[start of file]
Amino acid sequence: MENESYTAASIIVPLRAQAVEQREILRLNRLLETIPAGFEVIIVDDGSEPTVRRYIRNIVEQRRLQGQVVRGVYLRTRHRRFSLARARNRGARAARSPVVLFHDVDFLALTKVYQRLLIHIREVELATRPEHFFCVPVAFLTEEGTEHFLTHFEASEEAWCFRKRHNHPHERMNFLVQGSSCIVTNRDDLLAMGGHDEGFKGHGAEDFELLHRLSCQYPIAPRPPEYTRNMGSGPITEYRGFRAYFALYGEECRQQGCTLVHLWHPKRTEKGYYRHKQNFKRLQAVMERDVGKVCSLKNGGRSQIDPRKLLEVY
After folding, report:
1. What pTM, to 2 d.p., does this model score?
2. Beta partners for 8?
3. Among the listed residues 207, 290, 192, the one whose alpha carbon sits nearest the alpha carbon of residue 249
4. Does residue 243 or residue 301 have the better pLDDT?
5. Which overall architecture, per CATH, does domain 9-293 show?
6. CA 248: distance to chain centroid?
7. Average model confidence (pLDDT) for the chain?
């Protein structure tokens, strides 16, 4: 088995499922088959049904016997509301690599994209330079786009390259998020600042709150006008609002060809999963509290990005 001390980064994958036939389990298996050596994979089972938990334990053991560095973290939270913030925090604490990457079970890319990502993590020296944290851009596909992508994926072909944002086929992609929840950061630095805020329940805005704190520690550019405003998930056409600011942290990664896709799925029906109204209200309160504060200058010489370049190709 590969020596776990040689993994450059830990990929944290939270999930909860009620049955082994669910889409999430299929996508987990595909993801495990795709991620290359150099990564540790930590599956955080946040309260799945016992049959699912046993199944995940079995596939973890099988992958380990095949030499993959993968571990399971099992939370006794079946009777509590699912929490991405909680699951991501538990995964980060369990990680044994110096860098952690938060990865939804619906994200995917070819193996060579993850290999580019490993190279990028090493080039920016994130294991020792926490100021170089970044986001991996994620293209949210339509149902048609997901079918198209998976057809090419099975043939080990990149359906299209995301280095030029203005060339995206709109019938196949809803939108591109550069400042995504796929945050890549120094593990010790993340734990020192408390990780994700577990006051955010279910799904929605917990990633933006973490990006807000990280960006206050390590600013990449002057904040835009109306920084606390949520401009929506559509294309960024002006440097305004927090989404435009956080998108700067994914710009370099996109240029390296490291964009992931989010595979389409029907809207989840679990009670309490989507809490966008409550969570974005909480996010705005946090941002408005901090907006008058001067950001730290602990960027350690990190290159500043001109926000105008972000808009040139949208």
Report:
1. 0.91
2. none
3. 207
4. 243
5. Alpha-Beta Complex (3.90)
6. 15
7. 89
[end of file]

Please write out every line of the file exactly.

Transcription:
Amino acid sequence: MENESYTAASIIVPLRAQAVEQREILRLNRLLETIPAGFEVIIVDDGSEPTVRRYIRNIVEQRRLQGQVVRGVYLRTRHRRFSLARARNRGARAARSPVVLFHDVDFLALTKVYQRLLIHIREVELATRPEHFFCVPVAFLTEEGTEHFLTHFEASEEAWCFRKRHNHPHERMNFLVQGSSCIVTNRDDLLAMGGHDEGFKGHGAEDFELLHRLSCQYPIAPRPPEYTRNMGSGPITEYRGFRAYFALYGEECRQQGCTLVHLWHPKRTEKGYYRHKQNFKRLQAVMERDVGKVCSLKNGGRSQIDPRKLLEVY
After folding, report:
1. What pTM, to 2 d.p., does this model score?
2. Beta partners for 8?
3. Among the listed residues 207, 290, 192, the one whose alpha carbon sits nearest the alpha carbon of residue 249
4. Does residue 243 or residue 301 have the better pLDDT?
5. Which overall architecture, per CATH, does domain 9-293 show?
6. CA 248: distance to chain centroid?
7. Average model confidence (pLDDT) for the chain?
């Protein structure tokens, strides 16, 4: 088995499922088959049904016997509301690599994209330079786009390259998020600042709150006008609002060809999963509290990005 001390980064994958036939389990298996050596994979089972938990334990053991560095973290939270913030925090604490990457079970890319990502993590020296944290851009596909992508994926072909944002086929992609929840950061630095805020329940805005704190520690550019405003998930056409600011942290990664896709799925029906109204209200309160504060200058010489370049190709 590969020596776990040689993994450059830990990929944290939270999930909860009620049955082994669910889409999430299929996508987990595909993801495990795709991620290359150099990564540790930590599956955080946040309260799945016992049959699912046993199944995940079995596939973890099988992958380990095949030499993959993968571990399971099992939370006794079946009777509590699912929490991405909680699951991501538990995964980060369990990680044994110096860098952690938060990865939804619906994200995917070819193996060579993850290999580019490993190279990028090493080039920016994130294991020792926490100021170089970044986001991996994620293209949210339509149902048609997901079918198209998976057809090419099975043939080990990149359906299209995301280095030029203005060339995206709109019938196949809803939108591109550069400042995504796929945050890549120094593990010790993340734990020192408390990780994700577990006051955010279910799904929605917990990633933006973490990006807000990280960006206050390590600013990449002057904040835009109306920084606390949520401009929506559509294309960024002006440097305004927090989404435009956080998108700067994914710009370099996109240029390296490291964009992931989010595979389409029907809207989840679990009670309490989507809490966008409550969570974005909480996010705005946090941002408005901090907006008058001067950001730290602990960027350690990190290159500043001109926000105008972000808009040139949208």
Report:
1. 0.91
2. none
3. 207
4. 243
5. Alpha-Beta Complex (3.90)
6. 15
7. 89